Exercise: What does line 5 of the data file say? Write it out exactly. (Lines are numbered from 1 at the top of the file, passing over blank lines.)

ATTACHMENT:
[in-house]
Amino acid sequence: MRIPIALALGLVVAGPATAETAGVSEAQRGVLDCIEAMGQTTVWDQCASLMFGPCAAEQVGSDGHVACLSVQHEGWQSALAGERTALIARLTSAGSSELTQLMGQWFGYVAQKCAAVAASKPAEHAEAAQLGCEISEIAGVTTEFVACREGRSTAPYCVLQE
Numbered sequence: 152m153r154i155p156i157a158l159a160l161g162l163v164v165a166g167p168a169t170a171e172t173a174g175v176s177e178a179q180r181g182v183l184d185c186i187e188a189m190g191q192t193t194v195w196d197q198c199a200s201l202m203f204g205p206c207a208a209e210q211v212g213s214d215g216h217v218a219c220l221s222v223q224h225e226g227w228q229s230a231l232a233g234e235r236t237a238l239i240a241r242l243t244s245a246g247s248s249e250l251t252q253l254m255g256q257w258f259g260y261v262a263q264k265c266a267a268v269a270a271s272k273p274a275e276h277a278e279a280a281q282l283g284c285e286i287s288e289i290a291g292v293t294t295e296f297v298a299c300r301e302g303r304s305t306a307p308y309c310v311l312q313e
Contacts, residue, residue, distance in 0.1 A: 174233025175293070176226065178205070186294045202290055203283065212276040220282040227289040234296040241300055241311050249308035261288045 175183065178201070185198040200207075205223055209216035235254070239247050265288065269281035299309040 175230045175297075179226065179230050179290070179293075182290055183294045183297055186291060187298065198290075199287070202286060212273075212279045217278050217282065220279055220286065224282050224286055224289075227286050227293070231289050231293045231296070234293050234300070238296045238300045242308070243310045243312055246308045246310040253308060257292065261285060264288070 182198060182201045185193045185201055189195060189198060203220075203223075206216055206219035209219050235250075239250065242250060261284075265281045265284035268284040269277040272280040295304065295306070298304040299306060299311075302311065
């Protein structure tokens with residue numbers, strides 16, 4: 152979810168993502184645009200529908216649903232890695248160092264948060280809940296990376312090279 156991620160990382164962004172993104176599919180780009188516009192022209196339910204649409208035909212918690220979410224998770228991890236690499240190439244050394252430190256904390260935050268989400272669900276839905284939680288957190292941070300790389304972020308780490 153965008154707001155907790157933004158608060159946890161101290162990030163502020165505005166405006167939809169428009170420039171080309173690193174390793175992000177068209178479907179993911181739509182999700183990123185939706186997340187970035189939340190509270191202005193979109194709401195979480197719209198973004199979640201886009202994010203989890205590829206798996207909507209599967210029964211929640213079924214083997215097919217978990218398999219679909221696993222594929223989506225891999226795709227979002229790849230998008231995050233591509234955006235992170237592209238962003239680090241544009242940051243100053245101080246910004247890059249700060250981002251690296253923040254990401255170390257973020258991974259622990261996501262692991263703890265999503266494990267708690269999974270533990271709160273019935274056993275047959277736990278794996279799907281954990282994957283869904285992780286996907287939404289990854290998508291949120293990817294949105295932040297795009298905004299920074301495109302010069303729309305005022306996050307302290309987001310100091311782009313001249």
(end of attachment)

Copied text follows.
């Protein structure tokens with residue numbers, strides 16, 4: 152979810168993502184645009200529908216649903232890695248160092264948060280809940296990376312090279 156991620160990382164962004172993104176599919180780009188516009192022209196339910204649409208035909212918690220979410224998770228991890236690499240190439244050394252430190256904390260935050268989400272669900276839905284939680288957190292941070300790389304972020308780490 153965008154707001155907790157933004158608060159946890161101290162990030163502020165505005166405006167939809169428009170420039171080309173690193174390793175992000177068209178479907179993911181739509182999700183990123185939706186997340187970035189939340190509270191202005193979109194709401195979480197719209198973004199979640201886009202994010203989890205590829206798996207909507209599967210029964211929640213079924214083997215097919217978990218398999219679909221696993222594929223989506225891999226795709227979002229790849230998008231995050233591509234955006235992170237592209238962003239680090241544009242940051243100053245101080246910004247890059249700060250981002251690296253923040254990401255170390257973020258991974259622990261996501262692991263703890265999503266494990267708690269999974270533990271709160273019935274056993275047959277736990278794996279799907281954990282994957283869904285992780286996907287939404289990854290998508291949120293990817294949105295932040297795009298905004299920074301495109302010069303729309305005022306996050307302290309987001310100091311782009313001249």